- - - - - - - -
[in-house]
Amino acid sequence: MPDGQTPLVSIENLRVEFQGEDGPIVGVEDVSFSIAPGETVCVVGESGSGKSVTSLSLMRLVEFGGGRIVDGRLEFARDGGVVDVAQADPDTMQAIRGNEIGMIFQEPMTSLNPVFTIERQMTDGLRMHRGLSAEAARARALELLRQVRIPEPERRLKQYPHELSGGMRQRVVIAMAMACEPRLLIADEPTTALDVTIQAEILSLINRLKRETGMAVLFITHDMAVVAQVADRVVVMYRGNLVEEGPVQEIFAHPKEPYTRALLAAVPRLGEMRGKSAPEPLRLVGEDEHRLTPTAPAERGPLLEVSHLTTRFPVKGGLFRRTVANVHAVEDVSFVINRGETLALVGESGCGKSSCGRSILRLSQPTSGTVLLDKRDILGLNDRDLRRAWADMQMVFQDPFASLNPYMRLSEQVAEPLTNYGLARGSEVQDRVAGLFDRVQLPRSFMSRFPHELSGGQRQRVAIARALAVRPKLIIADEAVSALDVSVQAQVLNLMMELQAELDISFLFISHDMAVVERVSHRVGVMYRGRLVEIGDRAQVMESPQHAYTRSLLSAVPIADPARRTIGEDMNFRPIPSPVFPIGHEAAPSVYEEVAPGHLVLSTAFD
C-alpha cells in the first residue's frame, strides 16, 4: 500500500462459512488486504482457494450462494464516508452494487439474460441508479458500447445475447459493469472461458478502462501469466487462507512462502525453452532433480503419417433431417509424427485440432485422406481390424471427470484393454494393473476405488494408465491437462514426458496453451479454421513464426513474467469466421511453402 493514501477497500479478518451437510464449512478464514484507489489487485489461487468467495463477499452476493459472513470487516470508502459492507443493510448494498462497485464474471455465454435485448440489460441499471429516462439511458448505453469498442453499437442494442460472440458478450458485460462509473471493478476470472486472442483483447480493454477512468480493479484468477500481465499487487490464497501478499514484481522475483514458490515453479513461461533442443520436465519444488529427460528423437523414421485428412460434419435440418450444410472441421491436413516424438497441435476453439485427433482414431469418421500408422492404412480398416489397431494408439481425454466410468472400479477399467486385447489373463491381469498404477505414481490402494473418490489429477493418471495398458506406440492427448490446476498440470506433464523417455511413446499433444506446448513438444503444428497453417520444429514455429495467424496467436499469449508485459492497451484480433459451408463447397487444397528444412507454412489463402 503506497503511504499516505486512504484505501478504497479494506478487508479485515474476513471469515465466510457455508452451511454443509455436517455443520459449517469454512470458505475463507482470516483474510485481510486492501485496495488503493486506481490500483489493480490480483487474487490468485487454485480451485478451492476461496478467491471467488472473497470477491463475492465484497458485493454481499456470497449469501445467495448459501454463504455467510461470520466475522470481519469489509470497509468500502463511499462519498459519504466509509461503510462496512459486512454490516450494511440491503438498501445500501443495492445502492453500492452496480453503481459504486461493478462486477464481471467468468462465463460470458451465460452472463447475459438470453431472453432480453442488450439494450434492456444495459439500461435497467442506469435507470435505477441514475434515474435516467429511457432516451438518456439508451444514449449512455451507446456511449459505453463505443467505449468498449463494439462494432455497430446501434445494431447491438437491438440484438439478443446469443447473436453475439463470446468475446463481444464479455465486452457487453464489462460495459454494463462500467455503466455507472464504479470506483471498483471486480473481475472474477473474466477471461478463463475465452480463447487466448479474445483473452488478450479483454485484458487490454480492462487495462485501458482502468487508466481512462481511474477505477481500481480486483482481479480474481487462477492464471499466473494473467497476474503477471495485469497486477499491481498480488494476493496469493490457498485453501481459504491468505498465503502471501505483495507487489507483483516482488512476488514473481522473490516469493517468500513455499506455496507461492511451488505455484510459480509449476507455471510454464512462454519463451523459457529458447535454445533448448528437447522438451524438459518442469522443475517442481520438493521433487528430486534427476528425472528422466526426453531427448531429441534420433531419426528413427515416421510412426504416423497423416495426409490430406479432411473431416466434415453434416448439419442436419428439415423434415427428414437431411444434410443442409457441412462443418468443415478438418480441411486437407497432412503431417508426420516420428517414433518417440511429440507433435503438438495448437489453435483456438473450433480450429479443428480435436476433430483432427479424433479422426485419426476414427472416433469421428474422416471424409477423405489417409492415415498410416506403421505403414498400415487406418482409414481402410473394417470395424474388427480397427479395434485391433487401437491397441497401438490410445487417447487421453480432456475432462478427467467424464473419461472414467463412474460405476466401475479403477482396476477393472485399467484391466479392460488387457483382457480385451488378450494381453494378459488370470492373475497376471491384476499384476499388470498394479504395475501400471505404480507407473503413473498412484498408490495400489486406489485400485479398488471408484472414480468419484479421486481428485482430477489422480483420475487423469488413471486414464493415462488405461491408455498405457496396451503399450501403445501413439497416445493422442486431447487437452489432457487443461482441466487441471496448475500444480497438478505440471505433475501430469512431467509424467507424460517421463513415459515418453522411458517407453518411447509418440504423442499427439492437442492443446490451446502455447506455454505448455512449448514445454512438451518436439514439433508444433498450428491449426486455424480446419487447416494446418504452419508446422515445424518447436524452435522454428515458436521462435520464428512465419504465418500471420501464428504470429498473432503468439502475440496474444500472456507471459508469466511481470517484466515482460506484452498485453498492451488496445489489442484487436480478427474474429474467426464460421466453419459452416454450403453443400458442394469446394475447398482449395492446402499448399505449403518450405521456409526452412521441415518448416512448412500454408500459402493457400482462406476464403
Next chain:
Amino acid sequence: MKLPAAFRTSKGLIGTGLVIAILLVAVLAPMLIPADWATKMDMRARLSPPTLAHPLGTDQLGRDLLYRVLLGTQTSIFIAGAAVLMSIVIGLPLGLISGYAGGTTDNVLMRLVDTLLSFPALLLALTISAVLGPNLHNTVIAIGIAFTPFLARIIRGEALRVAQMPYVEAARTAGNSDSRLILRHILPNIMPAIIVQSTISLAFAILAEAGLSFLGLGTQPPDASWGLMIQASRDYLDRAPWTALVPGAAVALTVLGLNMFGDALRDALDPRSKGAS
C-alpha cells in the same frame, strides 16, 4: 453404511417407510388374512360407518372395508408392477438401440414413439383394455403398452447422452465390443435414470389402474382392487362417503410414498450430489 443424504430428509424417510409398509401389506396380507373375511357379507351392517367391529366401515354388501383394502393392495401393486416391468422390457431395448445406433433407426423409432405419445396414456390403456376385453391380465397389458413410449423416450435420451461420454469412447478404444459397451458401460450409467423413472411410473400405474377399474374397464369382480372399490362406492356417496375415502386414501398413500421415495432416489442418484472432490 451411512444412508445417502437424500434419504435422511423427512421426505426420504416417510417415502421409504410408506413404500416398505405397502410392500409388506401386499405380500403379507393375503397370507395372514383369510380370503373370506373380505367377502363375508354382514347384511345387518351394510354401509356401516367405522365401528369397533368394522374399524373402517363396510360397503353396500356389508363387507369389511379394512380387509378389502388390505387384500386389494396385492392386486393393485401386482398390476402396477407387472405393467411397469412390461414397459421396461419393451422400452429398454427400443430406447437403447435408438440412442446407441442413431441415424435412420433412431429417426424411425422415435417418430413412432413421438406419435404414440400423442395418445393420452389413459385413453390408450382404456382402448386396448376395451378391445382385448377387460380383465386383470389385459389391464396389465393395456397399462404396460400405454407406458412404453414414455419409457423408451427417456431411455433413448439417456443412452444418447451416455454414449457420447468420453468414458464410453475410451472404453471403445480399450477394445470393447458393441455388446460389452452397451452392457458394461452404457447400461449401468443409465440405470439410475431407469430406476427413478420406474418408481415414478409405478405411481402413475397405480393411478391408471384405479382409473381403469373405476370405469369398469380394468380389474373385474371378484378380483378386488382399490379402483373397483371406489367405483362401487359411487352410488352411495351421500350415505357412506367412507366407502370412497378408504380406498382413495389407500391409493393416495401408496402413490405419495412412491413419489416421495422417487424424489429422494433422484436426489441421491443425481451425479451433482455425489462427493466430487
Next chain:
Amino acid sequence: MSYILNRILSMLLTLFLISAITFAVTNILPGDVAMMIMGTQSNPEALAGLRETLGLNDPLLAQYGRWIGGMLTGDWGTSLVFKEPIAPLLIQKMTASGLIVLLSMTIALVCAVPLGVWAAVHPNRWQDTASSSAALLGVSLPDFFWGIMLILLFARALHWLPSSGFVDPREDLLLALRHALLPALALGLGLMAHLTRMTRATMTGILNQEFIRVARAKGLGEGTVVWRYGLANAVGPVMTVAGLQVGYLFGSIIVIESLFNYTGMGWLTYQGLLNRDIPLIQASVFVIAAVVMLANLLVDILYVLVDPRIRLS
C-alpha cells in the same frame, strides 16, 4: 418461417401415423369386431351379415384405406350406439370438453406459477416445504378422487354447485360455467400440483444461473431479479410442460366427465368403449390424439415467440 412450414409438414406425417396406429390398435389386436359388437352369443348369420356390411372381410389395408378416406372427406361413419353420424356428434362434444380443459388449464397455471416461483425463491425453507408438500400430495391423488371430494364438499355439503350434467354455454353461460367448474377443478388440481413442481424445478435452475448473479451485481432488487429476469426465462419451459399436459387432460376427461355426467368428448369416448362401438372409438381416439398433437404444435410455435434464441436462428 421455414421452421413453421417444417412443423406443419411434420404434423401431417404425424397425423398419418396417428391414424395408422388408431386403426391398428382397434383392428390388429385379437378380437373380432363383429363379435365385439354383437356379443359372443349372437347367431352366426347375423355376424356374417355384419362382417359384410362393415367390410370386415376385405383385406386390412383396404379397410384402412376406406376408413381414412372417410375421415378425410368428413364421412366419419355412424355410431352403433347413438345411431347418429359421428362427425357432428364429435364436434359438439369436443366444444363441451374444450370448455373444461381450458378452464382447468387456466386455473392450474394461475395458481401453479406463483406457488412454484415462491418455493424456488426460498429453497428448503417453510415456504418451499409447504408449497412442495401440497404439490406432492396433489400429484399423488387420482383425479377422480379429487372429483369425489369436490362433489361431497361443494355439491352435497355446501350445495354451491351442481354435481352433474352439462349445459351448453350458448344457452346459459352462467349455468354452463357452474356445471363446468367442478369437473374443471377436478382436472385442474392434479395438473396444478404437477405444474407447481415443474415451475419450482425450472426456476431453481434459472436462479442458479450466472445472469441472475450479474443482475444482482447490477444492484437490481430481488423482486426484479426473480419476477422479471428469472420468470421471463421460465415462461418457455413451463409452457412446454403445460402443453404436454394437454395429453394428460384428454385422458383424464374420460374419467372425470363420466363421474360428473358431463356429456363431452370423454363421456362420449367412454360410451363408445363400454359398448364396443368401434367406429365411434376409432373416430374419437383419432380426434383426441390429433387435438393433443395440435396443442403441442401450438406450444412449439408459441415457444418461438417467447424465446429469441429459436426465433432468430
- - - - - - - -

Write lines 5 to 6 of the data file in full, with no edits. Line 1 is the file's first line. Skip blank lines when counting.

Amino acid sequence: MKLPAAFRTSKGLIGTGLVIAILLVAVLAPMLIPADWATKMDMRARLSPPTLAHPLGTDQLGRDLLYRVLLGTQTSIFIAGAAVLMSIVIGLPLGLISGYAGGTTDNVLMRLVDTLLSFPALLLALTISAVLGPNLHNTVIAIGIAFTPFLARIIRGEALRVAQMPYVEAARTAGNSDSRLILRHILPNIMPAIIVQSTISLAFAILAEAGLSFLGLGTQPPDASWGLMIQASRDYLDRAPWTALVPGAAVALTVLGLNMFGDALRDALDPRSKGAS
C-alpha cells in the same frame, strides 16, 4: 453404511417407510388374512360407518372395508408392477438401440414413439383394455403398452447422452465390443435414470389402474382392487362417503410414498450430489 443424504430428509424417510409398509401389506396380507373375511357379507351392517367391529366401515354388501383394502393392495401393486416391468422390457431395448445406433433407426423409432405419445396414456390403456376385453391380465397389458413410449423416450435420451461420454469412447478404444459397451458401460450409467423413472411410473400405474377399474374397464369382480372399490362406492356417496375415502386414501398413500421415495432416489442418484472432490 451411512444412508445417502437424500434419504435422511423427512421426505426420504416417510417415502421409504410408506413404500416398505405397502410392500409388506401386499405380500403379507393375503397370507395372514383369510380370503373370506373380505367377502363375508354382514347384511345387518351394510354401509356401516367405522365401528369397533368394522374399524373402517363396510360397503353396500356389508363387507369389511379394512380387509378389502388390505387384500386389494396385492392386486393393485401386482398390476402396477407387472405393467411397469412390461414397459421396461419393451422400452429398454427400443430406447437403447435408438440412442446407441442413431441415424435412420433412431429417426424411425422415435417418430413412432413421438406419435404414440400423442395418445393420452389413459385413453390408450382404456382402448386396448376395451378391445382385448377387460380383465386383470389385459389391464396389465393395456397399462404396460400405454407406458412404453414414455419409457423408451427417456431411455433413448439417456443412452444418447451416455454414449457420447468420453468414458464410453475410451472404453471403445480399450477394445470393447458393441455388446460389452452397451452392457458394461452404457447400461449401468443409465440405470439410475431407469430406476427413478420406474418408481415414478409405478405411481402413475397405480393411478391408471384405479382409473381403469373405476370405469369398469380394468380389474373385474371378484378380483378386488382399490379402483373397483371406489367405483362401487359411487352410488352411495351421500350415505357412506367412507366407502370412497378408504380406498382413495389407500391409493393416495401408496402413490405419495412412491413419489416421495422417487424424489429422494433422484436426489441421491443425481451425479451433482455425489462427493466430487